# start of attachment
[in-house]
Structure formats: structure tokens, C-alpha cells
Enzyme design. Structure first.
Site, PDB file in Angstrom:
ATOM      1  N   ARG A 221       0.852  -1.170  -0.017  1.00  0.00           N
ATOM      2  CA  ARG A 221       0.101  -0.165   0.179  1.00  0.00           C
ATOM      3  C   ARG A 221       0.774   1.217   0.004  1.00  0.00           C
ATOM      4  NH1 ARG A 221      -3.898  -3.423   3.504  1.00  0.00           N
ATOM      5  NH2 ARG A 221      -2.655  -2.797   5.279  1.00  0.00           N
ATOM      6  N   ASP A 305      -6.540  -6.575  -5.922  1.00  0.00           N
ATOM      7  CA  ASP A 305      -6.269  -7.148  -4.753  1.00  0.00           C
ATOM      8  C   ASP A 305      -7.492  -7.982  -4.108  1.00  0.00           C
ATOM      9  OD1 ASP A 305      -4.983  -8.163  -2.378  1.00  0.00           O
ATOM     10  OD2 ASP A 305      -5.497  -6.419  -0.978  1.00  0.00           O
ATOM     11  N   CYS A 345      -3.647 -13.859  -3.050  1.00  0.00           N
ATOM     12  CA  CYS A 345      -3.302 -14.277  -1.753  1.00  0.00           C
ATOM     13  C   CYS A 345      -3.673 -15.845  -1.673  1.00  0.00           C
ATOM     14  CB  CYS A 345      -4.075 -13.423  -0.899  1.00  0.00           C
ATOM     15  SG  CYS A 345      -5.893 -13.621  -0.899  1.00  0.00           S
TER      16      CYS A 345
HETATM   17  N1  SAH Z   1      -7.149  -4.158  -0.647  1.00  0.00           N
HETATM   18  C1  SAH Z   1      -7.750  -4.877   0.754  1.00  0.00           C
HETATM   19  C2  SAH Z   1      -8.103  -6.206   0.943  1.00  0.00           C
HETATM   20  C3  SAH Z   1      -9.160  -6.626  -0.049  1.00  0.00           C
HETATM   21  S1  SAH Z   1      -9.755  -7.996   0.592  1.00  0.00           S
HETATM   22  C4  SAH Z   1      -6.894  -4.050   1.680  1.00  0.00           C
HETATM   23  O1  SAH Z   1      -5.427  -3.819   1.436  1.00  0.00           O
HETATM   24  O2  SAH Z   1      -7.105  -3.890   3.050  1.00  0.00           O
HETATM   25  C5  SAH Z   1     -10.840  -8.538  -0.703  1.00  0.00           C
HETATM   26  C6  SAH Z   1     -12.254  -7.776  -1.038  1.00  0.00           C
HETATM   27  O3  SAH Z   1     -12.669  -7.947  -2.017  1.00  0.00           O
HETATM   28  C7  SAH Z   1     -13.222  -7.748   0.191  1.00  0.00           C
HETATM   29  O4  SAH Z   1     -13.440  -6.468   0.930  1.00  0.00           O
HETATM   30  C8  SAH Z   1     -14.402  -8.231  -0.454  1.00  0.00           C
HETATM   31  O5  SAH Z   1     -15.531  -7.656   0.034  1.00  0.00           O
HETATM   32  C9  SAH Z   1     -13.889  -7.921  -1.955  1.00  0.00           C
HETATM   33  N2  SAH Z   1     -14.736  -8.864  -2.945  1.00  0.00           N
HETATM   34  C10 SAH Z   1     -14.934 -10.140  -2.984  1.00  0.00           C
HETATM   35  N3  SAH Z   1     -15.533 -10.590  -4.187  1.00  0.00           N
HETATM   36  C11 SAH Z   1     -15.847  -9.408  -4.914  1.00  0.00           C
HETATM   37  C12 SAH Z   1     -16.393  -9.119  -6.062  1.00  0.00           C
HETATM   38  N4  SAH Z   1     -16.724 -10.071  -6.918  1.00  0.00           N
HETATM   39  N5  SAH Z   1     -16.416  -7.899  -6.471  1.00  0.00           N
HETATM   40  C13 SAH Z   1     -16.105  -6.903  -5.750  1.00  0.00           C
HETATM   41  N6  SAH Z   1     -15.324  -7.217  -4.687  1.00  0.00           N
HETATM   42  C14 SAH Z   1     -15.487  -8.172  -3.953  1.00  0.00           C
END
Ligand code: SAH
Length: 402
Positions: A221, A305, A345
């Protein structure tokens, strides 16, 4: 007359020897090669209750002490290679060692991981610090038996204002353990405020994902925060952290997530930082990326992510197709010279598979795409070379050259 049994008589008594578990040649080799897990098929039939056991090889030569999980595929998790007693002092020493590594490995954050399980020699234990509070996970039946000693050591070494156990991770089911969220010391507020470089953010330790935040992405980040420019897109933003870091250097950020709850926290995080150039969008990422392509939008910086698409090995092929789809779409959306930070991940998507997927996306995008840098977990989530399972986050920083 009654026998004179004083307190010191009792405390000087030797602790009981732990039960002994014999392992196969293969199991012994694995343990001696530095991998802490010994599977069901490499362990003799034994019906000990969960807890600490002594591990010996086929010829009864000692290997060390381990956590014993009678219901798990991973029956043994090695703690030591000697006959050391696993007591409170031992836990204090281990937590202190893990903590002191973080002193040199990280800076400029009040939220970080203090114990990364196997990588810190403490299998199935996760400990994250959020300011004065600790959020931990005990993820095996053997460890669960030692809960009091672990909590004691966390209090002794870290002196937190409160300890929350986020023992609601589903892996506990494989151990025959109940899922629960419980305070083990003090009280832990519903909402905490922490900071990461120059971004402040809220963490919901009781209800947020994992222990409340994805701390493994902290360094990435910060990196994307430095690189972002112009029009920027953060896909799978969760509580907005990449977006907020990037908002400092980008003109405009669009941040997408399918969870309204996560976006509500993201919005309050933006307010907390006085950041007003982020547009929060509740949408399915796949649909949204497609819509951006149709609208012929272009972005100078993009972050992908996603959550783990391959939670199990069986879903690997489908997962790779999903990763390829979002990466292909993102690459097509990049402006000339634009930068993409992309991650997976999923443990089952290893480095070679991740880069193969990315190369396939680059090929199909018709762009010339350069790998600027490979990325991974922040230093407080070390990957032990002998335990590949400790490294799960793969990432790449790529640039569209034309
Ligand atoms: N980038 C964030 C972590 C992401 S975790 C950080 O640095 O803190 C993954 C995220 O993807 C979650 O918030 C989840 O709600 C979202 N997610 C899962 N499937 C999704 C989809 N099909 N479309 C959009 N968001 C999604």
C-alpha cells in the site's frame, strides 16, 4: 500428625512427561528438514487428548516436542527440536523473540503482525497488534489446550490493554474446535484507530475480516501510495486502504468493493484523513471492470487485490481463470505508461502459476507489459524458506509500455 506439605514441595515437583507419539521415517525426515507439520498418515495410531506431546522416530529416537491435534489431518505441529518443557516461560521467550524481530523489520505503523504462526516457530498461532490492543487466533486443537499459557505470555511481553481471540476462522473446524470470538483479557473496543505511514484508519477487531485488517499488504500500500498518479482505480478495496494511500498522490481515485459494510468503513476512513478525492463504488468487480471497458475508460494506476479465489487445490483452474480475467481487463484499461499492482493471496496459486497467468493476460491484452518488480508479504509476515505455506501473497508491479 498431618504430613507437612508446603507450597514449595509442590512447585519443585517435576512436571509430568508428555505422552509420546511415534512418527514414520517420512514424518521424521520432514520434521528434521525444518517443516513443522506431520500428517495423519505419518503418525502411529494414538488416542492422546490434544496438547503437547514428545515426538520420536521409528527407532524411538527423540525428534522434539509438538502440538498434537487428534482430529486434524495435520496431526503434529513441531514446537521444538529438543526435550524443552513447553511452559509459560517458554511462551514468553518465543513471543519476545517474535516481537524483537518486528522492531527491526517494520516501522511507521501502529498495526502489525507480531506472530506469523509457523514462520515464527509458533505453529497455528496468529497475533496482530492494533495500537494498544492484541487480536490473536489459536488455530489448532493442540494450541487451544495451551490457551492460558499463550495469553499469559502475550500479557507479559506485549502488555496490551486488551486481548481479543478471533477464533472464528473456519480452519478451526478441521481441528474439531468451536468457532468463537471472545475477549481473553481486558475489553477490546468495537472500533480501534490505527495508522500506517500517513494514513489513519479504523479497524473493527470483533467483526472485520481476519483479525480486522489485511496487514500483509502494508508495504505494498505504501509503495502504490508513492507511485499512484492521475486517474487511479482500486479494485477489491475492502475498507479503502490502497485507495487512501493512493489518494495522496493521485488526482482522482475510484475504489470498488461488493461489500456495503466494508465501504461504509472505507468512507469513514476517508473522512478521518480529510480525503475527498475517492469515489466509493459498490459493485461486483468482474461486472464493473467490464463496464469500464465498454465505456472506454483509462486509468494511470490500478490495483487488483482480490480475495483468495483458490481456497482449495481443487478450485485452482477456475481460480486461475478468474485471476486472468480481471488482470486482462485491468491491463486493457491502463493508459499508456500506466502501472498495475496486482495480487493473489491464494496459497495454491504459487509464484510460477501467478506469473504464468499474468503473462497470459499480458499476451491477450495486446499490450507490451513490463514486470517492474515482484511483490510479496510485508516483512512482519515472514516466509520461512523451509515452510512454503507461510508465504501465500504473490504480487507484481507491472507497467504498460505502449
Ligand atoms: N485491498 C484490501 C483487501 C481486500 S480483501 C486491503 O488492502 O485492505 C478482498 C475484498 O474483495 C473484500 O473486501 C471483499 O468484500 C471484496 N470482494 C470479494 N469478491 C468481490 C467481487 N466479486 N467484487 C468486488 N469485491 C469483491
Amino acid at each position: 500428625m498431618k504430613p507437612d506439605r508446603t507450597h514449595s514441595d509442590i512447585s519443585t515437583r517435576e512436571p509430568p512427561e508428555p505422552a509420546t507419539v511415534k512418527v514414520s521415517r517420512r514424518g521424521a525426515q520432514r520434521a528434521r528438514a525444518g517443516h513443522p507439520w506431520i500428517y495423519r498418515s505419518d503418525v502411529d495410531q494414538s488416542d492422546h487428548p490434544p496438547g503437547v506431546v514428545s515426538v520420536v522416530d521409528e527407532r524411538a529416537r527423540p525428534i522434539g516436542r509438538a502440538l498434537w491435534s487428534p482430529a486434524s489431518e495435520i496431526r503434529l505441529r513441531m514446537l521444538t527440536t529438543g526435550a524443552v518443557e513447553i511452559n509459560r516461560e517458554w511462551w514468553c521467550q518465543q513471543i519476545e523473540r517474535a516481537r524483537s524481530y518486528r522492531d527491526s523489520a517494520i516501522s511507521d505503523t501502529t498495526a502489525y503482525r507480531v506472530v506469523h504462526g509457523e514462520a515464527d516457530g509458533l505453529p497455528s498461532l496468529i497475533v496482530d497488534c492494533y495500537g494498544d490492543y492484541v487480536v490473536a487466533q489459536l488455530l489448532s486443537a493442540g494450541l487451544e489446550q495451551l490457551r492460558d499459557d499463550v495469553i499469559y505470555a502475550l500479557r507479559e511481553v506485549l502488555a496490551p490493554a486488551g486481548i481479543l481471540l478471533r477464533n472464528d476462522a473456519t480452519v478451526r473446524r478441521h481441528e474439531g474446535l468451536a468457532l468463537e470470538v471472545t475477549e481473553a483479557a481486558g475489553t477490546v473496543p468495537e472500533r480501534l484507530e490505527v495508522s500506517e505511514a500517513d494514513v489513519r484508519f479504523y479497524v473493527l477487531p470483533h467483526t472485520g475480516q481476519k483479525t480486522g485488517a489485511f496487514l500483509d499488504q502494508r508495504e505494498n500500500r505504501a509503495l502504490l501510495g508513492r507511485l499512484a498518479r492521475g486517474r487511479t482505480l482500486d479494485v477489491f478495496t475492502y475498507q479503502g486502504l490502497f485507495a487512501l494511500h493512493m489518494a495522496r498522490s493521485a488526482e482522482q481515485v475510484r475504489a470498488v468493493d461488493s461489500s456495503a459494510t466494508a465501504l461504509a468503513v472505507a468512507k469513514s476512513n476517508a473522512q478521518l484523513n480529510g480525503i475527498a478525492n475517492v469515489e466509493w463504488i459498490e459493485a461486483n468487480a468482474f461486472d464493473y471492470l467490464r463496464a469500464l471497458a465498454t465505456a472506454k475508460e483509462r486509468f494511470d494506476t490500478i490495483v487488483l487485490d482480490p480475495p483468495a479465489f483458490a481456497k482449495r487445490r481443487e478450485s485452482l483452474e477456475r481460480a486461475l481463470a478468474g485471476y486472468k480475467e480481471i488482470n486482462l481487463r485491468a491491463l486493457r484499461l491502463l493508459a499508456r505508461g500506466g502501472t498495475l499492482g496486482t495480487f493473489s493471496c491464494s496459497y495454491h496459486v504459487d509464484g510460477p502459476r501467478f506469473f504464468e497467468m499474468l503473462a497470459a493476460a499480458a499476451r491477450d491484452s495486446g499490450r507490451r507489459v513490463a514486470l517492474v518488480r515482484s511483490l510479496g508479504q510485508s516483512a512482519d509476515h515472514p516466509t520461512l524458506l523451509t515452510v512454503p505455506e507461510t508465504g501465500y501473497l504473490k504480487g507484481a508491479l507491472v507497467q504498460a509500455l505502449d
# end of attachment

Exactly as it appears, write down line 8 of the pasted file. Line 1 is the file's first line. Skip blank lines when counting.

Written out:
ATOM      4  NH1 ARG A 221      -3.898  -3.423   3.504  1.00  0.00           N